2.It was inhabited in old time thus, and these were the nations that held it: The most ancient inhabitants in a part thereof are said to have been the Cyclopes and Laestrigones, of whose stock and whence they came or to what place they removed I have nothing to say.Let that suffice which the poets have spoken and which every particular man hath learned of them.
After them, the first that appear to have dwelt therein are the Sicanians, as they say themselves, nay, before the other, as being the natural breed of the island.But the truth is, they were Iberians, and driven away by the Ligyans from the banks of Sicanus, a river on which they were seated in Iberia.And the island from them came to be called Sicania, which was before Trinacria.And these [two] inhabit yet in the western parts of Sicily.
After the taking of Illium, certain Trojans, escaping the hands of the Grecians, landed with small boats in Sicily;and having planted themselves on the borders of the Sicanians, both the nations in one were called Elymi;and their cities were Eryx and Egesta.Hard by these came and dwelled also certain Phoceans, who, coming from Troy, were by tempest carried first into Africa and thence into Sicily.
But the Siculi passed out of Italy (for there they inhabited), flying from the Opici, having, as is most likely and as it is reported, observed the strait, and with a fore wind gotten over in boats which they made suddenly on the occasion, or perhaps by some other means.There is at this day a people in Italy called Siculi.And Italy itself got that name after the same manner from a king of Arcadia called Italus.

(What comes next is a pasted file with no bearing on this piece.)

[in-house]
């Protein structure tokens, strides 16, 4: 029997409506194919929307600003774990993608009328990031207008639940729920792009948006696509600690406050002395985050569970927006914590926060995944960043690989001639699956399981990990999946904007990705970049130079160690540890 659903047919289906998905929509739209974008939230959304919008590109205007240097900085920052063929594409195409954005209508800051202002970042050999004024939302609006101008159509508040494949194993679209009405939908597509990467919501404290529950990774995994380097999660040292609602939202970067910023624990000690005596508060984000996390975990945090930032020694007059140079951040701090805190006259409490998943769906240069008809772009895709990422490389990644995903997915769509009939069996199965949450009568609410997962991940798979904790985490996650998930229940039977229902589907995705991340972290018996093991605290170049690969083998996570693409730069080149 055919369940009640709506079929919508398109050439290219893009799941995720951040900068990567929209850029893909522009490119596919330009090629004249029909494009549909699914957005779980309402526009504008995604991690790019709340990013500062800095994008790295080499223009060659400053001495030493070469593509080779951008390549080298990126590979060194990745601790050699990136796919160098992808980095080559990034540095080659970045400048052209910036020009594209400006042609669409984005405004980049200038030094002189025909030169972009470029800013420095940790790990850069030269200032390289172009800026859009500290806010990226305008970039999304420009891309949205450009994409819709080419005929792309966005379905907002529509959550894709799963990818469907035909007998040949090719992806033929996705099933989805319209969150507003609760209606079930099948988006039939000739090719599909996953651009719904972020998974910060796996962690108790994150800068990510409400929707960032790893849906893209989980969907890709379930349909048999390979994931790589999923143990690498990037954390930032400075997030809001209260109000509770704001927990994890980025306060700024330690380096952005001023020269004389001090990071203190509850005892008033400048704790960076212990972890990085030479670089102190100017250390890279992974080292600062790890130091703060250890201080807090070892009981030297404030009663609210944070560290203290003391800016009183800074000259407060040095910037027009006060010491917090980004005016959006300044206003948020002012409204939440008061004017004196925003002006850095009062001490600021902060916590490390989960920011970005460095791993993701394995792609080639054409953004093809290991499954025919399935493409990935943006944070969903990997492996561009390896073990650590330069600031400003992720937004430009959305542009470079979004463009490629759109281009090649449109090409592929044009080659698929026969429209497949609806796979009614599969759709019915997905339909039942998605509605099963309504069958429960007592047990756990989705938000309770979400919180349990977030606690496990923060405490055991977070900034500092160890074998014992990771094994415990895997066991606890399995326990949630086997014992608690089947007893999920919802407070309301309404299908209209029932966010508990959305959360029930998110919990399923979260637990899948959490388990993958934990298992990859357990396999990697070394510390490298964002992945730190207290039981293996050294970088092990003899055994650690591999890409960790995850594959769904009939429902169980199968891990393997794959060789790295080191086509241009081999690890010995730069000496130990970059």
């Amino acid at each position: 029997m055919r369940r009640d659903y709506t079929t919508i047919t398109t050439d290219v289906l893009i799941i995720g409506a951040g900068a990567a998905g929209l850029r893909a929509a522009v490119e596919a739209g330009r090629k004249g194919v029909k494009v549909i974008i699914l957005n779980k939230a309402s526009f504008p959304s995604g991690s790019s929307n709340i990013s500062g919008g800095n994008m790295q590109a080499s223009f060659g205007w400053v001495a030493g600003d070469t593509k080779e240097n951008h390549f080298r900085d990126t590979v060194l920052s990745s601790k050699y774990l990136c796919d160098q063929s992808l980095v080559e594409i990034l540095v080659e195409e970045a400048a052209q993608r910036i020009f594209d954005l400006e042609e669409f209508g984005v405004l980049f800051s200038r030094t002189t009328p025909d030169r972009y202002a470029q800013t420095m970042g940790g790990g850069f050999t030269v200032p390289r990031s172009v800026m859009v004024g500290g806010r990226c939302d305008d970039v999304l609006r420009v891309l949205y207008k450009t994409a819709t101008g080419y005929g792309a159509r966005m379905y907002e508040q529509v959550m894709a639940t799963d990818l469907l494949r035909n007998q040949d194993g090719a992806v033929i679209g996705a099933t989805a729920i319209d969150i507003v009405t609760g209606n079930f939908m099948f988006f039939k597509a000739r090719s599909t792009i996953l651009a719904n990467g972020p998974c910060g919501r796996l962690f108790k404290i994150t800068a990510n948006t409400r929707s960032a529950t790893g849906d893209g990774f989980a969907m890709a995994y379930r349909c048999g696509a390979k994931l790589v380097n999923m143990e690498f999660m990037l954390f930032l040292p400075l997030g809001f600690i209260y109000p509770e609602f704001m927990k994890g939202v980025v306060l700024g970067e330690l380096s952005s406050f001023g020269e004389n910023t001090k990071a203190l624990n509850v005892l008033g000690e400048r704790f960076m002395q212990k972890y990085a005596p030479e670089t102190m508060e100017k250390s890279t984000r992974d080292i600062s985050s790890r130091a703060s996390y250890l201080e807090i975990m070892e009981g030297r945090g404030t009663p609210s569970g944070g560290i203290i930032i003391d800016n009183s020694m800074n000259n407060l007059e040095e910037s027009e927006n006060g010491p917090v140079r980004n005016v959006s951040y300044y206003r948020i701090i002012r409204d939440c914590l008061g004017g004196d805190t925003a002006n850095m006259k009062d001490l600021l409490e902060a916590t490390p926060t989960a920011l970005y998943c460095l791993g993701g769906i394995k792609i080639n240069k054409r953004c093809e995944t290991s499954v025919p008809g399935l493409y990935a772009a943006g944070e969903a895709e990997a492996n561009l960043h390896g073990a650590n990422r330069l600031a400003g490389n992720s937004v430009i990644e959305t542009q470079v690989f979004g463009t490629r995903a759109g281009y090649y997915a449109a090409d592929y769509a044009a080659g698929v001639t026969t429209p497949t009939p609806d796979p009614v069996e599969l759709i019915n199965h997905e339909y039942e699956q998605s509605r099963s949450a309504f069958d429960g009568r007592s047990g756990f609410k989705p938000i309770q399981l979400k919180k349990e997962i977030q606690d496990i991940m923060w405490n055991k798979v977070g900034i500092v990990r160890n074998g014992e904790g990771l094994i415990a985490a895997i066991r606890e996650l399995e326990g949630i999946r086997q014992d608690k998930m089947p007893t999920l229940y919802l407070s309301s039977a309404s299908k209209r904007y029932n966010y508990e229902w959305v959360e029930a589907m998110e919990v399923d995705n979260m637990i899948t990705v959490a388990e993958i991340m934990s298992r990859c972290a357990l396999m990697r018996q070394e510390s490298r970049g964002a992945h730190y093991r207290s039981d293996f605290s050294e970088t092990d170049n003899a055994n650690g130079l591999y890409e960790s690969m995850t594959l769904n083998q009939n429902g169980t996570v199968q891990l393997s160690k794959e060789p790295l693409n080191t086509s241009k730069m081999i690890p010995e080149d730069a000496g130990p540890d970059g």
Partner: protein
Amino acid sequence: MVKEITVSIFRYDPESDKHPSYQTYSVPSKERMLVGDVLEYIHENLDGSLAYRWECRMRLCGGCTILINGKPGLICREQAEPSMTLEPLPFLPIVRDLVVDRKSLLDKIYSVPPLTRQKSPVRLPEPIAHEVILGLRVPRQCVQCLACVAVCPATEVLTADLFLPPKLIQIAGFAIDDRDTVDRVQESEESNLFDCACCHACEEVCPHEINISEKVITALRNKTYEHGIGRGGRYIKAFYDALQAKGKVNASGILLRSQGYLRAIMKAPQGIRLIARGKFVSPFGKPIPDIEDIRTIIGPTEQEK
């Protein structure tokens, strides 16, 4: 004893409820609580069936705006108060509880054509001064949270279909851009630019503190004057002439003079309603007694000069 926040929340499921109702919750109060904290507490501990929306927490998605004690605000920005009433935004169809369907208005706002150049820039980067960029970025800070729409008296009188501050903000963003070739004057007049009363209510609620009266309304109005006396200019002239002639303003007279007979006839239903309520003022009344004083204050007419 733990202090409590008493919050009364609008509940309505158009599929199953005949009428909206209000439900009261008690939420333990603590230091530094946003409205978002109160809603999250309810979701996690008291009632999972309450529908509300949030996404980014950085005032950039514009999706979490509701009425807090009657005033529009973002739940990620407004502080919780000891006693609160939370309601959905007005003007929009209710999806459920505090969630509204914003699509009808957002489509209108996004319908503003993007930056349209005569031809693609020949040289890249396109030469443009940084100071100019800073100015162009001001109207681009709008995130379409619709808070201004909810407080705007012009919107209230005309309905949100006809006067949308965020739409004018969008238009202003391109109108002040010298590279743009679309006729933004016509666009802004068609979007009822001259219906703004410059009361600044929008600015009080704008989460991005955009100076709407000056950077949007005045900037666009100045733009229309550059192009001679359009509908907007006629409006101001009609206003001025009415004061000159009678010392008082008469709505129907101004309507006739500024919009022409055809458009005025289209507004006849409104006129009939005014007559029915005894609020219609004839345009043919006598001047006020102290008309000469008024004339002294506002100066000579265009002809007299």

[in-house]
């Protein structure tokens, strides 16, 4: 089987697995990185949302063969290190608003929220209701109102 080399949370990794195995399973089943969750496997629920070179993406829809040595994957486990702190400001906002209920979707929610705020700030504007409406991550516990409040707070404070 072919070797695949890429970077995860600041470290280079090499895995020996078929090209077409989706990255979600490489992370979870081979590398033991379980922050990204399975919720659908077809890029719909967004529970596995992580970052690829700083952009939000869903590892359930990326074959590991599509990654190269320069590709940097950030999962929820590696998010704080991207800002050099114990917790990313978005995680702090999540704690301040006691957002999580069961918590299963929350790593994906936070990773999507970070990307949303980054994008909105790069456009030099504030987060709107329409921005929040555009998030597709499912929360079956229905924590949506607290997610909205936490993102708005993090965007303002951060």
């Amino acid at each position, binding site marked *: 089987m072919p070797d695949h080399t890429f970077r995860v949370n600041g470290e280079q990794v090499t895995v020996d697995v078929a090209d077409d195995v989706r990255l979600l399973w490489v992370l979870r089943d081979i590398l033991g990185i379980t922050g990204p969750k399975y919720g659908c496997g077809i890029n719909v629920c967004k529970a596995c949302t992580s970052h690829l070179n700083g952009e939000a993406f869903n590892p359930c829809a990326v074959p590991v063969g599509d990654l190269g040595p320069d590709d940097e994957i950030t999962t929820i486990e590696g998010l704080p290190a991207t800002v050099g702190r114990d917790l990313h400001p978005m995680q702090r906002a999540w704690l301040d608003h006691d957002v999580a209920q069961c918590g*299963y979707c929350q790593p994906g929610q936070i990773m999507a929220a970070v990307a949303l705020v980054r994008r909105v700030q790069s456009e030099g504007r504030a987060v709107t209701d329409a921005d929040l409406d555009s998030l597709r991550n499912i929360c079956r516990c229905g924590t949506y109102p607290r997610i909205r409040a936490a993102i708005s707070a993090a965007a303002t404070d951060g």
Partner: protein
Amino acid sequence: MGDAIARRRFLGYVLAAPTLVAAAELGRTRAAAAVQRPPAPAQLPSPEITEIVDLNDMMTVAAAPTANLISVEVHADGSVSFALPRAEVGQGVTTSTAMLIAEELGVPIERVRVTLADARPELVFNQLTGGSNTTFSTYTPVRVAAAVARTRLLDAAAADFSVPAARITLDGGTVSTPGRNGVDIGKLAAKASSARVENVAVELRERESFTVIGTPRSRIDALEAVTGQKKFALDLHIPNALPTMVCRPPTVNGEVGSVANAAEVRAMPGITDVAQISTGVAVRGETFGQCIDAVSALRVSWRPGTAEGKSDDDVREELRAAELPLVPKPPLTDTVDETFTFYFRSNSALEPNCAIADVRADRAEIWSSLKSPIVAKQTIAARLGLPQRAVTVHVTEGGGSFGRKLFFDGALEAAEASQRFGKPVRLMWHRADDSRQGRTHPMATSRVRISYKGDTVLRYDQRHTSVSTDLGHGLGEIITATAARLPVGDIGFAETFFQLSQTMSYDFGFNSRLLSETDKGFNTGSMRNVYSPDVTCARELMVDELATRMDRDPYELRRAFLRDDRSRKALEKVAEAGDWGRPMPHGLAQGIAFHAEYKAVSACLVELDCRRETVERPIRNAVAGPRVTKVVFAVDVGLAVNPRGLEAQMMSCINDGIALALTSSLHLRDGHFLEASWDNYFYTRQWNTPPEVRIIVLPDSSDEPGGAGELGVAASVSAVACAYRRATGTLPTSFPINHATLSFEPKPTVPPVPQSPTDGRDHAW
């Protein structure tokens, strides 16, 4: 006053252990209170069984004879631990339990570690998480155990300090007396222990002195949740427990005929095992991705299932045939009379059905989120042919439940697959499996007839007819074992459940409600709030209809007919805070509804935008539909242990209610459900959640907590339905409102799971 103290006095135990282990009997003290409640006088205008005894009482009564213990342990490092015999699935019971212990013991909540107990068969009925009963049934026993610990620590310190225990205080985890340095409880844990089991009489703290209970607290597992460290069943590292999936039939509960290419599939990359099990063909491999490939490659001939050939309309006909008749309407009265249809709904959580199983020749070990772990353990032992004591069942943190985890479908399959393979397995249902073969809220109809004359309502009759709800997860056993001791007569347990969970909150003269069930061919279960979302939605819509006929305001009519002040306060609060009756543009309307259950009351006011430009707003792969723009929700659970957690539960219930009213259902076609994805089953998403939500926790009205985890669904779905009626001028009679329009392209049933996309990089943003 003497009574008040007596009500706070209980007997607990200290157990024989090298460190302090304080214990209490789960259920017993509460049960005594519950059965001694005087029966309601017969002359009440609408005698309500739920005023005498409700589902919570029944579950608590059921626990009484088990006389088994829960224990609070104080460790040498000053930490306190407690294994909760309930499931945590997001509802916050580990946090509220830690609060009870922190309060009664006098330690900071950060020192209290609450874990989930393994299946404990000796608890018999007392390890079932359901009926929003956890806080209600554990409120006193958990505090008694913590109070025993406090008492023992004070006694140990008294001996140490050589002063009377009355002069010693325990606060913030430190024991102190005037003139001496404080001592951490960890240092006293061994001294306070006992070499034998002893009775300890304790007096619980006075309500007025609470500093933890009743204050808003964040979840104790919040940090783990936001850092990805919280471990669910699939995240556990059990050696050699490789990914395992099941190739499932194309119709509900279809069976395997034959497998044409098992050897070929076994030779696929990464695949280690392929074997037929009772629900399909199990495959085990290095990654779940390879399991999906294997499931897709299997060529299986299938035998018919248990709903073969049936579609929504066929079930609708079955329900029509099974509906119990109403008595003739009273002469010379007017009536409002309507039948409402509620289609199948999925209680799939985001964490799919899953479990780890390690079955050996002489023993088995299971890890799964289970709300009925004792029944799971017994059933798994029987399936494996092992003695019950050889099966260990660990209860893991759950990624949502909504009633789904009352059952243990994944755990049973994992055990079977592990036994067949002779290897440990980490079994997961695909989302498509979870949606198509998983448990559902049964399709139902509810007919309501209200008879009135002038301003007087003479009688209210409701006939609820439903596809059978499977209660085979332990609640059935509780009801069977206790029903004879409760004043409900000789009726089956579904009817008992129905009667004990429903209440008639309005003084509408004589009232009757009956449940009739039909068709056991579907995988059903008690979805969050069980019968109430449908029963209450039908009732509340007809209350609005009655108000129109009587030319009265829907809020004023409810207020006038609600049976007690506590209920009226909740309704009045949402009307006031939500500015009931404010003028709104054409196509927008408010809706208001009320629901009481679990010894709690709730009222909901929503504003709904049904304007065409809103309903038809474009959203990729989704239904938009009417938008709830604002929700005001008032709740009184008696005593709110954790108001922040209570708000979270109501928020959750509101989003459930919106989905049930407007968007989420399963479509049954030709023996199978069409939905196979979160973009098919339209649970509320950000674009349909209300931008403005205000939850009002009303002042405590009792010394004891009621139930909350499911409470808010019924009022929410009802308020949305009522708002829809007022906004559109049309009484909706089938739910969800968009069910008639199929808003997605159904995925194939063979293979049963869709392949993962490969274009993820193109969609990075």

Of these a great army crossing into Sicily overthrew the Sicanians in battle and drave them into the south and west parts of the same;and instead of Sicania, caused the island to be called Sicilia;and held and inhabited the best of the land for near three hundred years after their going over, and before any of the Grecians came thither.And till now they possess the midland and north parts of the island.
Also the Phoenicians inhabited the coast of Sicily on all sides, having taken possession of certain promontories and little islands adjacent, for trade's sake with the Sicilians.But after that many Grecians were come in by sea, the Phoenicians abandoned most of their former habitations, and uniting themselves, dwelt in Motya and Soloeis and Panormus, upon the borders of the Elymi, as relying upon their league with the Elymi, and because also from thence lay the shortest cut over unto Carthage.These were the barbarians, and thus they inhabited Sicily.
The English works of Thomas Hobbes of Malmesbury. Thucydides. Thomas Hobbes. translator. London. Bohn. 1843.
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